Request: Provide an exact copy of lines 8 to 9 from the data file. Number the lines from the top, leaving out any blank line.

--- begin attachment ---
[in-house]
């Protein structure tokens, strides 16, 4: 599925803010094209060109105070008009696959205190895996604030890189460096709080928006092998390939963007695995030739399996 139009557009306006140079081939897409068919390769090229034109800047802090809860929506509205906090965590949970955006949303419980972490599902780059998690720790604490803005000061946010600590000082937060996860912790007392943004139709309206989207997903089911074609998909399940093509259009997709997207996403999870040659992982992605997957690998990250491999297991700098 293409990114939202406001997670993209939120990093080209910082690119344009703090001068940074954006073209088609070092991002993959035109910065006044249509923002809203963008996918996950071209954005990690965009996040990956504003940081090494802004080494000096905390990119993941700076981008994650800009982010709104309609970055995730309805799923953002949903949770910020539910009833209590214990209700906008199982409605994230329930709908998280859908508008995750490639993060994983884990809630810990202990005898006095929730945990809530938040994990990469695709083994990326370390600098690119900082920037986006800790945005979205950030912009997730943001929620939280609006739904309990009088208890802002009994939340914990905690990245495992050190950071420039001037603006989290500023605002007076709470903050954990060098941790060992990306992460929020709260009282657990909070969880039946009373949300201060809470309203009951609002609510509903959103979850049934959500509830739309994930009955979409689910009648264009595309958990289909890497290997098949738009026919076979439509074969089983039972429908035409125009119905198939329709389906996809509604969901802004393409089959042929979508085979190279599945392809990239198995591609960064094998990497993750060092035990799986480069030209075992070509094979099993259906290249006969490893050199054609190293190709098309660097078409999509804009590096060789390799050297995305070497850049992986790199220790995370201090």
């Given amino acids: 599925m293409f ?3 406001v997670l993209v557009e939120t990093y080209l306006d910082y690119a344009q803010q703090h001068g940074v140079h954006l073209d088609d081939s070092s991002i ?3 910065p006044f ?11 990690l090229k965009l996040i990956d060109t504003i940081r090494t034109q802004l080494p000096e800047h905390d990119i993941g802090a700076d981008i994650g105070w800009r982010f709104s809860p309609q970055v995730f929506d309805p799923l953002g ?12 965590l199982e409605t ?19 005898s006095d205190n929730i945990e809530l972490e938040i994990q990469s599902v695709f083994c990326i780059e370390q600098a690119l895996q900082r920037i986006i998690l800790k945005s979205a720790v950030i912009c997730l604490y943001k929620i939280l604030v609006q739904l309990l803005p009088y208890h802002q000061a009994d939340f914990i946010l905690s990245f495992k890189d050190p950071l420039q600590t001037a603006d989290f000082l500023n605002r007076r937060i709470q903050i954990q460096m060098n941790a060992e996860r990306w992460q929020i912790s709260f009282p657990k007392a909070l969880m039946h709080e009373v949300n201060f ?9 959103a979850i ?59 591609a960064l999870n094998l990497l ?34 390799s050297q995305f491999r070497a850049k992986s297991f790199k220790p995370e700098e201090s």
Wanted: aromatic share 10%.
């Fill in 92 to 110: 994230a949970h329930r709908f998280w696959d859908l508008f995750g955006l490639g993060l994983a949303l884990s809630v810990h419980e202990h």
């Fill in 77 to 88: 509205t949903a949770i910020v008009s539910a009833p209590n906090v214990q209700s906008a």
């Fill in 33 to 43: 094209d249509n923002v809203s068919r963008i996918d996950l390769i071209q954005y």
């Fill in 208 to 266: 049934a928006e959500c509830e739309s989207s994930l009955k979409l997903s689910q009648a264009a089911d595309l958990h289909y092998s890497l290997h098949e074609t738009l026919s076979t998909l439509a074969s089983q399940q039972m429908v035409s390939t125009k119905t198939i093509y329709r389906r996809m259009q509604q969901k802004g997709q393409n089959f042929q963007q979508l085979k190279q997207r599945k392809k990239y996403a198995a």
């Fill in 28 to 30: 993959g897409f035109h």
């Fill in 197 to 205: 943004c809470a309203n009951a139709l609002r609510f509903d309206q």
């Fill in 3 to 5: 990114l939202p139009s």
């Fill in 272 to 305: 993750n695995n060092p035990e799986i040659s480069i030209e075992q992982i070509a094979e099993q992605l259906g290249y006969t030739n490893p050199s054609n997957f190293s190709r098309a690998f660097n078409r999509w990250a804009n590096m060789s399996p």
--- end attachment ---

């Fill in 208 to 266: 049934a928006e959500c509830e739309s989207s994930l009955k979409l997903s689910q009648a264009a089911d595309l958990h289909y092998s890497l290997h098949e074609t738009l026919s076979t998909l439509a074969s089983q399940q039972m429908v035409s390939t125009k119905t198939i093509y329709r389906r996809m259009q509604q969901k802004g997709q393409n089959f042929q963007q979508l085979k190279q997207r599945k392809k990239y996403a198995a």
């Fill in 28 to 30: 993959g897409f035109h």